Metaphysics and Morals

April 10, 2015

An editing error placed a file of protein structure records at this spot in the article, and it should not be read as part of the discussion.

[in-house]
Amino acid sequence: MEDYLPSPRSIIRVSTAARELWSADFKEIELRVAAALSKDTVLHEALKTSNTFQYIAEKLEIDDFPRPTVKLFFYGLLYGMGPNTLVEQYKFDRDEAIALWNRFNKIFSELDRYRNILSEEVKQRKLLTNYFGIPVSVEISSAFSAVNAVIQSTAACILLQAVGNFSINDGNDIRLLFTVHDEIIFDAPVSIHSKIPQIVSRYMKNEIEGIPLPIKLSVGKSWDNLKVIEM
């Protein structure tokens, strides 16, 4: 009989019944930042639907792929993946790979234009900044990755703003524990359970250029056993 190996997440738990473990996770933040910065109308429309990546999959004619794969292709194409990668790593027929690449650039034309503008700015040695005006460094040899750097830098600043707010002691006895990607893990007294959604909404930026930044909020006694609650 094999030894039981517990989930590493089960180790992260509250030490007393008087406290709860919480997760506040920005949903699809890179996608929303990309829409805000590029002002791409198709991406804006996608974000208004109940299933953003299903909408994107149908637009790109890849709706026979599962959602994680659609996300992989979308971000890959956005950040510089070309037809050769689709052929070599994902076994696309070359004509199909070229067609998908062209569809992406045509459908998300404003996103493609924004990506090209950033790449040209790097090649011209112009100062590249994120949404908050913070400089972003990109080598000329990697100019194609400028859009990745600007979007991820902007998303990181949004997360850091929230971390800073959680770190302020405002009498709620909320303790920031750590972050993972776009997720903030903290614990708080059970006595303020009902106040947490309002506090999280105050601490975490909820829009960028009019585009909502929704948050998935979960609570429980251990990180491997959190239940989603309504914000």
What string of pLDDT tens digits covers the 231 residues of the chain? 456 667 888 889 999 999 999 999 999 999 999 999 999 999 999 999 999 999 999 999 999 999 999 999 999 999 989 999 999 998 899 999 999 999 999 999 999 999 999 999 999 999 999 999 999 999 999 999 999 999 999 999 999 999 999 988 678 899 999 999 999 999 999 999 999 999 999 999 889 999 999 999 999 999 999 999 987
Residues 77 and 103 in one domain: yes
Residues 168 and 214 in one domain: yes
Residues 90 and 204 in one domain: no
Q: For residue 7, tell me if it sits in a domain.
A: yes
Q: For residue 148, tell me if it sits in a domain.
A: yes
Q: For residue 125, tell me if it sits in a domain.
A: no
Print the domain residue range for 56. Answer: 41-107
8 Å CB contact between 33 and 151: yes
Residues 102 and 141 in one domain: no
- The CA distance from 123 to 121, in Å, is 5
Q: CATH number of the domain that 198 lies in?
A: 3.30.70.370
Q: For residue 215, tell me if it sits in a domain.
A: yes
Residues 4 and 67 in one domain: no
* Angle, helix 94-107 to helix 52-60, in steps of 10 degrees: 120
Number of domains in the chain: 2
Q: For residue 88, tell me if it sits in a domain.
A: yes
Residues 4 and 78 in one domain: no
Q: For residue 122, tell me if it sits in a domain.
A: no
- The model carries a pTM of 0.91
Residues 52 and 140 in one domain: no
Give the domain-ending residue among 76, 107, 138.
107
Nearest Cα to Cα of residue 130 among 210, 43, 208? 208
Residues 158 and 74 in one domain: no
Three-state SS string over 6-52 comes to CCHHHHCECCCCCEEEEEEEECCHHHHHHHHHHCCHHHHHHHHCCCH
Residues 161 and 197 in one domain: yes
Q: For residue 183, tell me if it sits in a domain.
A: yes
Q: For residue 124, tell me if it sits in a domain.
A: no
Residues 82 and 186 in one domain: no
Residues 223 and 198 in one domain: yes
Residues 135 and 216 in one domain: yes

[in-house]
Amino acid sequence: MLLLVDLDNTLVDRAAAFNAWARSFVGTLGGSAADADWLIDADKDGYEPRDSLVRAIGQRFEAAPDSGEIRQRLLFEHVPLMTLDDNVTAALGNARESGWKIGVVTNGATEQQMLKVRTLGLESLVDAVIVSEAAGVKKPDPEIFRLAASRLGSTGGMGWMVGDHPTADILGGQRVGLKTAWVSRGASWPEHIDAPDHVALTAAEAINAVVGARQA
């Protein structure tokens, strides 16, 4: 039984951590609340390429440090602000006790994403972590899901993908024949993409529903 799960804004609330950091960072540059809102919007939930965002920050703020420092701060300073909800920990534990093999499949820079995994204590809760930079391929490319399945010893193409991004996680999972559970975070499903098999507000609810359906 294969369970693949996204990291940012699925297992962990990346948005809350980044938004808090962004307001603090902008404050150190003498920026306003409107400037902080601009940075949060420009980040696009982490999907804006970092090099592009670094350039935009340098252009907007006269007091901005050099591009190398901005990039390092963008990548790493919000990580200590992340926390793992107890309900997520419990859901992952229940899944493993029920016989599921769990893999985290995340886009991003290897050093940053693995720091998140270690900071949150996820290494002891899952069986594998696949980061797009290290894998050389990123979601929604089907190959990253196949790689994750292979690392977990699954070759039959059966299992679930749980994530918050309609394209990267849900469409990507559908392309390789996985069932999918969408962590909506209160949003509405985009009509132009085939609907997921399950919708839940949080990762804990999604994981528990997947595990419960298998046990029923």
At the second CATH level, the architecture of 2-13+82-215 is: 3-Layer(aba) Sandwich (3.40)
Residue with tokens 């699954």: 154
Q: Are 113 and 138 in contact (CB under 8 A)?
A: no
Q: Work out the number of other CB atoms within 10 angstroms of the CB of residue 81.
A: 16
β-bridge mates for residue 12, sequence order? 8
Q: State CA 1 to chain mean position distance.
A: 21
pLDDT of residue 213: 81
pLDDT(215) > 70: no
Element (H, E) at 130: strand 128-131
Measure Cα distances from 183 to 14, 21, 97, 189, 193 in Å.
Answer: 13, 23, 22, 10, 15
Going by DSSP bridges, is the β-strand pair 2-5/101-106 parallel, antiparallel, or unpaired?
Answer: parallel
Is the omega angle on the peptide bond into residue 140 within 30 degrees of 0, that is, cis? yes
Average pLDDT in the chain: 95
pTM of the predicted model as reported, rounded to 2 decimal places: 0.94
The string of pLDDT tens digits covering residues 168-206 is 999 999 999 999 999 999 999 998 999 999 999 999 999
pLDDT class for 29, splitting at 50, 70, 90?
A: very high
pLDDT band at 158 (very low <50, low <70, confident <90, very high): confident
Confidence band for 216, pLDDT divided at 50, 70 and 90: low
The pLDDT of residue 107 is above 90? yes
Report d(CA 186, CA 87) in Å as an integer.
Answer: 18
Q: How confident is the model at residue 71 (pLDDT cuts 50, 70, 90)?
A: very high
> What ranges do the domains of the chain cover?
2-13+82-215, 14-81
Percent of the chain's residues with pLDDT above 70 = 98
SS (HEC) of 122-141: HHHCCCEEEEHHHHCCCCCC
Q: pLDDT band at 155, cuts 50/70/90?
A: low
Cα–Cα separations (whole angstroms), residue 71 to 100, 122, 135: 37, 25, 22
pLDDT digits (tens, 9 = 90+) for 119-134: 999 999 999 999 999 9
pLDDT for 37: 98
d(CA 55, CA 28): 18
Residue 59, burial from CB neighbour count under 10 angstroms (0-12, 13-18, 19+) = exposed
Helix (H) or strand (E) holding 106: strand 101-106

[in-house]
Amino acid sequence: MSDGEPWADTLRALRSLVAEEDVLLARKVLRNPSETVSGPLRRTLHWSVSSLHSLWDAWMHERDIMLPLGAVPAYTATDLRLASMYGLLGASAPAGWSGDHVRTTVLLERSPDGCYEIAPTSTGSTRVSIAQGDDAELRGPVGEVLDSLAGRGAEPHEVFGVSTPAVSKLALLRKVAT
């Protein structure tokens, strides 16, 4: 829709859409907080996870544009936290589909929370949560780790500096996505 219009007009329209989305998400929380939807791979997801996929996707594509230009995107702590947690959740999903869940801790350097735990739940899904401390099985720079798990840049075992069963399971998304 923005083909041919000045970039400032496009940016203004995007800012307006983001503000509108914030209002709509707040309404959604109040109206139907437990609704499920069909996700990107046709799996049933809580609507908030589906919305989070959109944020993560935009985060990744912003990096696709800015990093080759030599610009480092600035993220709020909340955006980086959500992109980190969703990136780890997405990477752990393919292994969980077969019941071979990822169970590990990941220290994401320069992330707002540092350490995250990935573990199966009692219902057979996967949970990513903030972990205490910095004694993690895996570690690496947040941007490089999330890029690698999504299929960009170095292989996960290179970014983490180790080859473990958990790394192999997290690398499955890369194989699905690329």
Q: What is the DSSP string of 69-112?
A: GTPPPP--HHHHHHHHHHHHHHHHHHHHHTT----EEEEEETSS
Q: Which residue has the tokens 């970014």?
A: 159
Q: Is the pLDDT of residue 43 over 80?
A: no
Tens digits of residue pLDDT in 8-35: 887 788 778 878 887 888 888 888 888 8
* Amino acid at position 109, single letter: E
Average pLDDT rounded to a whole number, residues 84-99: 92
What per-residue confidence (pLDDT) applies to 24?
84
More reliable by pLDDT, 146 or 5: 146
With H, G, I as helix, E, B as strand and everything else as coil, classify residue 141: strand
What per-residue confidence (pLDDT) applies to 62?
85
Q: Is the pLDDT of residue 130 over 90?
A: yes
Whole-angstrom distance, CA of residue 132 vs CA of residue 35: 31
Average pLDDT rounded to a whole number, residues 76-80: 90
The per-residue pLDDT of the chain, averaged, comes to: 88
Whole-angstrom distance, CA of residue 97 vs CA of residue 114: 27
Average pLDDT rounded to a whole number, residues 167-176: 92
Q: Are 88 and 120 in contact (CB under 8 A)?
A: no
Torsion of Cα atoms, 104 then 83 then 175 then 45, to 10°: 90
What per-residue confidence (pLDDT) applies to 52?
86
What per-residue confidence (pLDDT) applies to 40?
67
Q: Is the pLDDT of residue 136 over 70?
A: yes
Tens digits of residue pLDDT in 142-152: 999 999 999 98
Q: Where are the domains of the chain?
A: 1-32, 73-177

Saturday, April 18, at the Catholic Center at NYU, the Thomistic Institute will present a conference entitled “Aquinas on Metaphysics and Morals.”  Speakers will include Reinhard Hütter, John O’Callaghan, Eleonore Stump, and Candace Vogler.  The schedule of the day’s events is available here.  Fr. Thomas Joseph White, O.P., Director of the Thomistic Institute, offered a few thoughts on the conference during a brief interview: 1. What does morality have to do with metaphysics? Metaphysics deals with basic questions about the nature of reality.  What is real and objectively true?  Ultimately our understanding of moral action needs to be based on realistic knowledge about what a human being is, what is good for human nature, and whether God exists.  So metaphysics matters for our most serious moral decisions. 2. What makes Aquinas especially important for thinking about how human beings ought to live? Aquinas is a realist when it comes to understanding what human beings are and the kinds of actions that lead to human happiness or to human self-destruction.  He gives simple examples and bases his reasoning on principles that are applicable to human beings in all times and places.  That is one reason he is called the “common” or “universal doctor” of Catholic thought. 3. What would Aquinas say about the ethical challenges that we face today? Perhaps what he said about pre-Christian civilizations: that without any reference to divine revelation, moral understanding often suffers, and human beings can get confused about very basic moral principles.  He gives interesting examples in this respect: that whole cultures can come to think theft or murder of certain kinds of persons is permissible.  Today, as St. John Paul II noted in his 1993 Encyclical Veritatis Splendor, what is needed is a return to the philosophical search for objective truth.  Truth is not something we have to fear, as a constraint or a source of intolerance.  Truth is a source of genuine liberation and human ennoblement. 4. What do you hope might come from discussing the ethical theories of Aquinas? Postmodern culture tends to treat any affirmation of truth as a potential source of danger or division.  But that same culture causes philosophical and spiritual disorientation.  People are looking for credible sources for understanding life realistically. Aquinas’ thought offers a way of thinking about absolute truth that is also centered on the respect of and virtuous concern for persons.  His philosophy provides a remedy to many forms of contemporary intellectual skepticism and despair. That’s a minimum measure of what good might come from studying Aquinas. A maximal good is that people become saints. The conference will be held at The Catholic Center at NYU 238 Thompson St., New York, NY 10012. 12:30 PM: Lecture 1: “Are There Failed Persons?” Prof. John O’Callaghan 1:30 PM: Break, with refreshments 2:00 PM: Lecture 2: “Aquinas’s metaphysics and the non-Aristotelian character of Aquinas’s ethics,” Prof. Eleanor Stump 3:00 PM: Break, with refreshments 3:30: PM: Lecture 3: “Turning to Aquinas on Virtue,” Prof. Candace Vogler 4:30 PM: Break 5:00 PM: Lecture 4: “To Be Good is To Do the Truth: Reality, Good, and the Primordial Conscience,” Prof. Reinhard Hütter   ✠ Image: Andrea Mantegna, The Triumph of the Virtues, 1502, Musée du Louvre, Paris.

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